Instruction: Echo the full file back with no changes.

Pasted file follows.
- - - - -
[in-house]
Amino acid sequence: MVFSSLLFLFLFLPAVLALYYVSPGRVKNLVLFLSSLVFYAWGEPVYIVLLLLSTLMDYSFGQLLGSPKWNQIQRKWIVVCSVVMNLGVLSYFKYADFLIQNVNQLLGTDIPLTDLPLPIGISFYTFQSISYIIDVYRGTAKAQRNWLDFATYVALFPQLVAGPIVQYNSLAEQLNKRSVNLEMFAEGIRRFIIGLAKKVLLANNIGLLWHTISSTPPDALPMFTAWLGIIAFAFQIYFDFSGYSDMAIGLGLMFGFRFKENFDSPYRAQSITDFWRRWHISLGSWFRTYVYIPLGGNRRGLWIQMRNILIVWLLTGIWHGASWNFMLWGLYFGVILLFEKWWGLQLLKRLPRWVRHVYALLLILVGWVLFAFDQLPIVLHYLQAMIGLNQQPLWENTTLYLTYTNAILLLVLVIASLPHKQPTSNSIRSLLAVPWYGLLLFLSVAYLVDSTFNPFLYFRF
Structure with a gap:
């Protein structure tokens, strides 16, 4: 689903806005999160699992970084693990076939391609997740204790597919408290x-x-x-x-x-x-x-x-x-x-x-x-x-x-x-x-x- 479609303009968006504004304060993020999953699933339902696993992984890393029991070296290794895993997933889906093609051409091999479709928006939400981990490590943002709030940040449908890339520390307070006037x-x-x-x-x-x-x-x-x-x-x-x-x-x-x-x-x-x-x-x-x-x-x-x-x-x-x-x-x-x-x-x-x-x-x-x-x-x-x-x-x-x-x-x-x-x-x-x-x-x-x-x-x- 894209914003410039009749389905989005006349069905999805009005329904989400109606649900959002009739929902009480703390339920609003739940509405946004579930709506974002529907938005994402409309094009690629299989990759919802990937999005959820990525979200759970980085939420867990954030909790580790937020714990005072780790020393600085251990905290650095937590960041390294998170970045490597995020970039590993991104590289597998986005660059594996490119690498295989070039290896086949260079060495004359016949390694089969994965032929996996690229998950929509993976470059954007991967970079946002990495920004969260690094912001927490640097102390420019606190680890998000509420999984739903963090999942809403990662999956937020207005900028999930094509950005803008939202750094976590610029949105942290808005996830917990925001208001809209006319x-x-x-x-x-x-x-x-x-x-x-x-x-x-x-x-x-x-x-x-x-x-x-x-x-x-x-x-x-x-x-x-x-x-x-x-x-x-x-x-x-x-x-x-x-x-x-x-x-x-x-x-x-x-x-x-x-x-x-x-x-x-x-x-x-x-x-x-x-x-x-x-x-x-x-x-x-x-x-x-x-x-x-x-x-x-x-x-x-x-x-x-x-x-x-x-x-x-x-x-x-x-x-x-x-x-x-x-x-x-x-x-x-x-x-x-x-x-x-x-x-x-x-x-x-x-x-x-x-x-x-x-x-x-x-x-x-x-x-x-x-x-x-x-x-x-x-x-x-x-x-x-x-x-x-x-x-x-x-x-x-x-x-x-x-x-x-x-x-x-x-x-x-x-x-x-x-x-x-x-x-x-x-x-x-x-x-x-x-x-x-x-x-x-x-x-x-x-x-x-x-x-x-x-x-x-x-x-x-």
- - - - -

[in-house]
Amino acid sequence: MVFSSLLFLFLFLPAVLALYYVSPGRVKNLVLFLSSLVFYAWGEPVYIVLLLLSTLMDYSFGQLLGSPKWNQIQRKWIVVCSVVMNLGVLSYFKYADFLIQNVNQLLGTDIPLTDLPLPIGISFYTFQSISYIIDVYRGTAKAQRNWLDFATYVALFPQLVAGPIVQYNSLAEQLNKRSVNLEMFAEGIRRFIIGLAKKVLLANNIGLLWHTISSTPPDALPMFTAWLGIIAFAFQIYFDFSGYSDMAIGLGLMFGFRFKENFDSPYRAQSITDFWRRWHISLGSWFRTYVYIPLGGNRRGLWIQMRNILIVWLLTGIWHGASWNFMLWGLYFGVILLFEKWWGLQLLKRLPRWVRHVYALLLILVGWVLFAFDQLPIVLHYLQAMIGLNQQPLWENTTLYLTYTNAILLLVLVIASLPHKQPTSNSIRSLLAVPWYGLLLFLSVAYLVDSTFNPFLYFRF
Structure with a gap:
């Protein structure tokens, strides 16, 4: 689903806005999160699992970084693990076939391609997740204790597919408290x-x-x-x-x-x-x-x-x-x-x-x-x-x-x-x-x- 479609303009968006504004304060993020999953699933339902696993992984890393029991070296290794895993997933889906093609051409091999479709928006939400981990490590943002709030940040449908890339520390307070006037x-x-x-x-x-x-x-x-x-x-x-x-x-x-x-x-x-x-x-x-x-x-x-x-x-x-x-x-x-x-x-x-x-x-x-x-x-x-x-x-x-x-x-x-x-x-x-x-x-x-x-x-x- 894209914003410039009749389905989005006349069905999805009005329904989400109606649900959002009739929902009480703390339920609003739940509405946004579930709506974002529907938005994402409309094009690629299989990759919802990937999005959820990525979200759970980085939420867990954030909790580790937020714990005072780790020393600085251990905290650095937590960041390294998170970045490597995020970039590993991104590289597998986005660059594996490119690498295989070039290896086949260079060495004359016949390694089969994965032929996996690229998950929509993976470059954007991967970079946002990495920004969260690094912001927490640097102390420019606190680890998000509420999984739903963090999942809403990662999956937020207005900028999930094509950005803008939202750094976590610029949105942290808005996830917990925001208001809209006319x-x-x-x-x-x-x-x-x-x-x-x-x-x-x-x-x-x-x-x-x-x-x-x-x-x-x-x-x-x-x-x-x-x-x-x-x-x-x-x-x-x-x-x-x-x-x-x-x-x-x-x-x-x-x-x-x-x-x-x-x-x-x-x-x-x-x-x-x-x-x-x-x-x-x-x-x-x-x-x-x-x-x-x-x-x-x-x-x-x-x-x-x-x-x-x-x-x-x-x-x-x-x-x-x-x-x-x-x-x-x-x-x-x-x-x-x-x-x-x-x-x-x-x-x-x-x-x-x-x-x-x-x-x-x-x-x-x-x-x-x-x-x-x-x-x-x-x-x-x-x-x-x-x-x-x-x-x-x-x-x-x-x-x-x-x-x-x-x-x-x-x-x-x-x-x-x-x-x-x-x-x-x-x-x-x-x-x-x-x-x-x-x-x-x-x-x-x-x-x-x-x-x-x-x-x-x-x-x-």